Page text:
DIY Storage Drawers for Under the Stairs
Storage is key for those tight on space. Oftentimes, the most effective way to maximize what space you have is to build it yourself -- this ensures both functionality and an acceptable aesthetic. You can make the most of the area under your stairs by constructing your own sliding storage drawers. Whether you want to build just one multiple drawers, they will be tailored fit for your space.
Build the Drawer Box
Cut the plywood with a circular saw based on the desired dimensions of the front, back and sides of your drawers.
Glue and nail the sides first. The front and back must be glued and nailed between the sides. If you use finish nails instead of a nail gun, predrill holes to avoid splitting the plywood.
Measure the top and bottom dimensions needed for the drawer, then cut from the plywood.
Glue and then nail the drawer top and bottom pieces. Use a carpenter’s square to ensure the drawer box is square.
Assemble the Cradle
Cut the sides of the cradle to the same dimensions as the sides of your drawer. If you decide to stack more than one drawer, build one single cradle in which the drawers share the cradle sides and base.
Draw a horizontal screw line across the drawer sides at its center. Do the same for the cradle sides.
Take the drawer slides and pull them apart so you have the drawer member and cradle member.
Center the screw holes of the slides over the screw line and drill in place. Slip the slides of the cradle with the drawer, so that you have the cradle sides now attached to the sides of your drawer.
Flip the drawer upside down. Measure the dimensions needed for the cradle cover and base and cut the plywood accordingly.
Attach the cradle base and cover to the cradle sides with screws only. The drawer should now be self-contained within the cradle.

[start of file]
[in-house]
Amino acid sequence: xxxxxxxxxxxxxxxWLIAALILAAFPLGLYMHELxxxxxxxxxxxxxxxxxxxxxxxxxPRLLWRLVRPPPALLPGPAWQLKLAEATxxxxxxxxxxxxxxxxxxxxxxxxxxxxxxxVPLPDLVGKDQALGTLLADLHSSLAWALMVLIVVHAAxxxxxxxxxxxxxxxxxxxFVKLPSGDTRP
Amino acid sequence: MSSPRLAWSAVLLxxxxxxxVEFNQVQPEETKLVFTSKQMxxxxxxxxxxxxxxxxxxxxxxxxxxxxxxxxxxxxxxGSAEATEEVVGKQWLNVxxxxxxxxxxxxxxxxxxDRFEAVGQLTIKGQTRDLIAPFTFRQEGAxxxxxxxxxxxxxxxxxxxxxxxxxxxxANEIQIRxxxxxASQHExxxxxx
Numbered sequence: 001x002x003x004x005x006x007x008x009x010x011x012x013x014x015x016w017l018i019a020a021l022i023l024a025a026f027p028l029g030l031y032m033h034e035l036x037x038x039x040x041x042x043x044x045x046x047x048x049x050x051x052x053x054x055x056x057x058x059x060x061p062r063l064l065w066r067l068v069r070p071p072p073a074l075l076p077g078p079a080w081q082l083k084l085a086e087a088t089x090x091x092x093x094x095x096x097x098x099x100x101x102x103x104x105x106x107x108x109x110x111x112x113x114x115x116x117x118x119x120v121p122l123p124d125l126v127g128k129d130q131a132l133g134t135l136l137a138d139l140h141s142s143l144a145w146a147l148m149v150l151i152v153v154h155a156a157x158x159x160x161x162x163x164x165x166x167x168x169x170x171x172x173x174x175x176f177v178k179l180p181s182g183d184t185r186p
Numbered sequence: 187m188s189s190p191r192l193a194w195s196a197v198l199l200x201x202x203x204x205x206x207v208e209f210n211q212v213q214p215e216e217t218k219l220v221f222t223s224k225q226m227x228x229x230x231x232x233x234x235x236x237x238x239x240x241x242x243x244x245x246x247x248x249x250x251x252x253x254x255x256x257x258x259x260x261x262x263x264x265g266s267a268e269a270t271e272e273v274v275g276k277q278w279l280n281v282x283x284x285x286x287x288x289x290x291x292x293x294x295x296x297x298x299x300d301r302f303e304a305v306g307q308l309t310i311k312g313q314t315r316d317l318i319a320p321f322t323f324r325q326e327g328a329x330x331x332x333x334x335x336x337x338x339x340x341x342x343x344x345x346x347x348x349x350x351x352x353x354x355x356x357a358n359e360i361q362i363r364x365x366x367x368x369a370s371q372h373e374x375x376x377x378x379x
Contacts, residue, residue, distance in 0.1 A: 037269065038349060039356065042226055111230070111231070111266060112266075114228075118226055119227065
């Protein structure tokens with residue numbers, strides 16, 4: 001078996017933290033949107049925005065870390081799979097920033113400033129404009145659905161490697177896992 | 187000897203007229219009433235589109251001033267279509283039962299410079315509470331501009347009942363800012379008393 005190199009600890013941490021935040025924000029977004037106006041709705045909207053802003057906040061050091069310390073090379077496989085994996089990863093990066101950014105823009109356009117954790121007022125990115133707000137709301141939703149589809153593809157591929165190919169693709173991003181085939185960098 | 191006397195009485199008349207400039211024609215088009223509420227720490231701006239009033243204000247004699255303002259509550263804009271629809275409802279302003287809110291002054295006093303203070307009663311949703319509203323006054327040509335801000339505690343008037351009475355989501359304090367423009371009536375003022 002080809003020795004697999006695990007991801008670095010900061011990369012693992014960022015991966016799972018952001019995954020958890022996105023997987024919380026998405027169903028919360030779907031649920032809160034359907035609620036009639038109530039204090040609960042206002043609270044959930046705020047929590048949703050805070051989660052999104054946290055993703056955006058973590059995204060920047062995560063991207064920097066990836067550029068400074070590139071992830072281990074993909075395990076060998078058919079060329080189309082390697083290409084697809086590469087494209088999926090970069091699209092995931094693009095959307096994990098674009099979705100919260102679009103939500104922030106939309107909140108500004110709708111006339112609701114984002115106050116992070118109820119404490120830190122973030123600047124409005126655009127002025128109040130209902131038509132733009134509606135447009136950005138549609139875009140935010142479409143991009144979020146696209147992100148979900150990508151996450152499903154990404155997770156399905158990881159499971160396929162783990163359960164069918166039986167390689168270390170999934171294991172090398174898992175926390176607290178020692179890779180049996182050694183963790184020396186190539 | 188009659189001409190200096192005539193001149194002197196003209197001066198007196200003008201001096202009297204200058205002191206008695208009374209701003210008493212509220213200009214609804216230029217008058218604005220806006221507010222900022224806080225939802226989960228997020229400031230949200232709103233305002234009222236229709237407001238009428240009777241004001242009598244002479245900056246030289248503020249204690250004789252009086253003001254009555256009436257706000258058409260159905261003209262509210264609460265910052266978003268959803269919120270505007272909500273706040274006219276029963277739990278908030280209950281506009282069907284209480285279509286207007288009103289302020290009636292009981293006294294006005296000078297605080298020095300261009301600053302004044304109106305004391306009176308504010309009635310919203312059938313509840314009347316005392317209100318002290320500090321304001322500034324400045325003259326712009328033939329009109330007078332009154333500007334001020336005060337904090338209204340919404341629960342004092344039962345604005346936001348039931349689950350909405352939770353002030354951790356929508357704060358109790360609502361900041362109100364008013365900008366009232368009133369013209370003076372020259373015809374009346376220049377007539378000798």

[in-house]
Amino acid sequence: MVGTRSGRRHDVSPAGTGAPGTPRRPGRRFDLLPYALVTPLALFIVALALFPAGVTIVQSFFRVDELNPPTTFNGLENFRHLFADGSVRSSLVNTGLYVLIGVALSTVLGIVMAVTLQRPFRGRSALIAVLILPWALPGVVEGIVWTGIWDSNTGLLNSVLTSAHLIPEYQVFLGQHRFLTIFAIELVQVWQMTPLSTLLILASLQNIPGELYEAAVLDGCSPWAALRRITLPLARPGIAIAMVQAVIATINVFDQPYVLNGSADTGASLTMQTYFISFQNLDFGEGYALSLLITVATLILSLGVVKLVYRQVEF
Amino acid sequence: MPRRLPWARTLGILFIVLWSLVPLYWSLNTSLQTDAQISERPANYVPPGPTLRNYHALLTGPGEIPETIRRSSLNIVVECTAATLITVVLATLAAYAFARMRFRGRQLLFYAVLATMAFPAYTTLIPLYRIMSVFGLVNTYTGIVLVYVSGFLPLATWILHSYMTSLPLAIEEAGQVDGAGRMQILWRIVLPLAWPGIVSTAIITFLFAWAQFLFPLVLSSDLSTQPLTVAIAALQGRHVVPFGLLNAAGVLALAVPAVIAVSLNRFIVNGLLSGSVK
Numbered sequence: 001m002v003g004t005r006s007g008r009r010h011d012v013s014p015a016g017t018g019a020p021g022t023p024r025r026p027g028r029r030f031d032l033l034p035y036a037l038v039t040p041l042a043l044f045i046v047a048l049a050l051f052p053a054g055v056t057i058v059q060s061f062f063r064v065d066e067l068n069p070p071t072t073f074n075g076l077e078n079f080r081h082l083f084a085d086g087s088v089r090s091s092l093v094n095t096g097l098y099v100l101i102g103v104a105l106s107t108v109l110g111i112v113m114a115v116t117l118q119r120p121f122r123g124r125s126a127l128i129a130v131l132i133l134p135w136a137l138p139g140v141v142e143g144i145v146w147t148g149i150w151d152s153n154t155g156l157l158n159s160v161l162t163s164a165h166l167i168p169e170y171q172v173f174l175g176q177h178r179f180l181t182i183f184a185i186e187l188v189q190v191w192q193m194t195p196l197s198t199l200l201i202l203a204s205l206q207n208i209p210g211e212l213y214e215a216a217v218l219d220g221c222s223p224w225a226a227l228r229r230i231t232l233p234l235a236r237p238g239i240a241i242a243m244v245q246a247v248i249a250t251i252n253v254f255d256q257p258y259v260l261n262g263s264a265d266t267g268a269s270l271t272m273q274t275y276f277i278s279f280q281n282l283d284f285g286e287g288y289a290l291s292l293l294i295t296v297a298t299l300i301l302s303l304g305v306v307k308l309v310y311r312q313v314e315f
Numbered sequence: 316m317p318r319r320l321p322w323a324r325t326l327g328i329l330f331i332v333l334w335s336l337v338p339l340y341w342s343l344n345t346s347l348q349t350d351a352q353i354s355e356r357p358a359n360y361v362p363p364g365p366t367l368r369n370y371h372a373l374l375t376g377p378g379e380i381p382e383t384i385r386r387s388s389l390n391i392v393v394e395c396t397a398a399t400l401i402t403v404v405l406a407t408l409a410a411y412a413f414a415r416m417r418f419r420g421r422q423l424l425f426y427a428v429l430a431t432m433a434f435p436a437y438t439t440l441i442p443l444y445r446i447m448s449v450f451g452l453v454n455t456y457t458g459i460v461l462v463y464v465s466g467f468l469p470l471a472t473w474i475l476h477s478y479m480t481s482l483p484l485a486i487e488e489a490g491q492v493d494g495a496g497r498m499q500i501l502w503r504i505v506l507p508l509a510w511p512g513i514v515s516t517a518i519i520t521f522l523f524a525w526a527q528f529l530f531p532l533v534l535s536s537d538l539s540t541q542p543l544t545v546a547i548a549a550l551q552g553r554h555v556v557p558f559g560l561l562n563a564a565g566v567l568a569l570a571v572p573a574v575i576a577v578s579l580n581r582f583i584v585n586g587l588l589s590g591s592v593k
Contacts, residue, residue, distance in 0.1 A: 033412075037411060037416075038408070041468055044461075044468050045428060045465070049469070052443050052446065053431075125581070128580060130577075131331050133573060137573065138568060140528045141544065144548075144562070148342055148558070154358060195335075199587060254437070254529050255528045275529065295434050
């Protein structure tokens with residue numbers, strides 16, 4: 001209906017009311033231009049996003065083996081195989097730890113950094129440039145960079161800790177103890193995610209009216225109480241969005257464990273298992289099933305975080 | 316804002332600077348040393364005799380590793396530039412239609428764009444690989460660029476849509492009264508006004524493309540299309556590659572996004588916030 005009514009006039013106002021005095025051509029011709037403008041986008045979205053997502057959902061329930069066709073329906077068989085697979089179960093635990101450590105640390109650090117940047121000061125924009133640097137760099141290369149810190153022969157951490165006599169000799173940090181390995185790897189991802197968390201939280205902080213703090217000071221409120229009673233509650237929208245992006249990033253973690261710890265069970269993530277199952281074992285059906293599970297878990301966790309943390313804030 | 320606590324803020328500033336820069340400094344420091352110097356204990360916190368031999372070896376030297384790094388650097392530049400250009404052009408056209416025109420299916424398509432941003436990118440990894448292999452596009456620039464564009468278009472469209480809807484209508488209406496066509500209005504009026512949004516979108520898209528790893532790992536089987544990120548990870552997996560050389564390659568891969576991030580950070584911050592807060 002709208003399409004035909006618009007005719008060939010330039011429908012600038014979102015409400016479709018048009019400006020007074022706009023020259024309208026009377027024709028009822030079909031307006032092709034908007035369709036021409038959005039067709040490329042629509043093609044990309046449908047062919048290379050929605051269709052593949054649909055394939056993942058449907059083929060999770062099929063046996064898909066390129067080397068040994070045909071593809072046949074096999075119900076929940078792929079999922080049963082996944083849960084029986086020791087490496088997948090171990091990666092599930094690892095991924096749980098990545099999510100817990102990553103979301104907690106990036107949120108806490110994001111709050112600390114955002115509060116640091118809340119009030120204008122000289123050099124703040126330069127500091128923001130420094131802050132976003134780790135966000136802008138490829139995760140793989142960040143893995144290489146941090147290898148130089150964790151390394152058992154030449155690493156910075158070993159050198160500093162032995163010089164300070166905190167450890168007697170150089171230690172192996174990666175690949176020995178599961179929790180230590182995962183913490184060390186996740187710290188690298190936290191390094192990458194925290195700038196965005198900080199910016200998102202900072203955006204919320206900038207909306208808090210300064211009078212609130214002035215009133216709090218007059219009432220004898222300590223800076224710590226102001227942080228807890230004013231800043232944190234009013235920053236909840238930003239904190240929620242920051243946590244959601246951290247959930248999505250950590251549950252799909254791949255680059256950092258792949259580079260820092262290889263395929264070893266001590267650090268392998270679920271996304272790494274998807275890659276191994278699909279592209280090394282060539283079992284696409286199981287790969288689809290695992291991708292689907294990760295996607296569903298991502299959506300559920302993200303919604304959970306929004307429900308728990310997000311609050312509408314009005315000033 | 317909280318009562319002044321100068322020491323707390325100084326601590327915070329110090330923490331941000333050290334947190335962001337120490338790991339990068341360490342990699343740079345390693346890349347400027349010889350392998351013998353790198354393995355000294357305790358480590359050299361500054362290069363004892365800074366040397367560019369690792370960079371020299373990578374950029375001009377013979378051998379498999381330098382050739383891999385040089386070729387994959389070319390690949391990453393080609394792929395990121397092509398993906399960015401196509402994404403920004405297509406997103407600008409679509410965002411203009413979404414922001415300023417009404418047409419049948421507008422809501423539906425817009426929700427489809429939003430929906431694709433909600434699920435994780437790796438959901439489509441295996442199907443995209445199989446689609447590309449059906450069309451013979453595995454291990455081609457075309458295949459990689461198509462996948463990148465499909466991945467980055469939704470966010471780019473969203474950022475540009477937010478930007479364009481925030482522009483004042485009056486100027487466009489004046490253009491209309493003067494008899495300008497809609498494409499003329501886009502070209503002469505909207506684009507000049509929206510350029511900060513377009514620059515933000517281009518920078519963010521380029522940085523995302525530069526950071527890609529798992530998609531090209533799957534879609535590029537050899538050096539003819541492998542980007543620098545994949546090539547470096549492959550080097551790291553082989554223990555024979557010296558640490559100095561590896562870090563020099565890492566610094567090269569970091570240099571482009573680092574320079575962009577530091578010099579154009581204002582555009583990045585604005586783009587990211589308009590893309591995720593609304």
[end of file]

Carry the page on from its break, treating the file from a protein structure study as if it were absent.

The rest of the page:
Lay the plastic floor covering on the floor and carefully remove the drywall with a reciprocating saw according to the size of the cradle. Slide the cradle into the wall.
Cut the drawer face to width. But when you cut the length, ensure the drawer is flush with the outside of the cabinet -- leaving a ¼-inch gap between the neighboring faces or each drawer.
Use a nail gun to attach the drawer face to the the drawer body. Then, screw in the drawer pulls.
Attach wood trim to the border to hide the dry wall from where it was cut. Ensure that once the wood trim is nailed in place, it does not interfere with the pulling of the drawers.
Things You Will Need
- 4-by-8 sheets of plywood, 2 sheets
- Nail gun, optional
- Carpenter’s square
- Wood trim
- 1 pair drawer sides
- 1 package of 1/2 wood screws
- Wood glue
- 2 screw-on drawer pulls, one set per drawer
- Tape measure
- Circular saw with a straight edge jig, optional
- Reciprocating saw
- Electric drill with 1/16 inch drill bit
- Plastic floor covering
- Nail gun
- Do not attach the cradle base to the cradle sides with wood glue. The glue could drip and clog the sides, preventing the slides from working.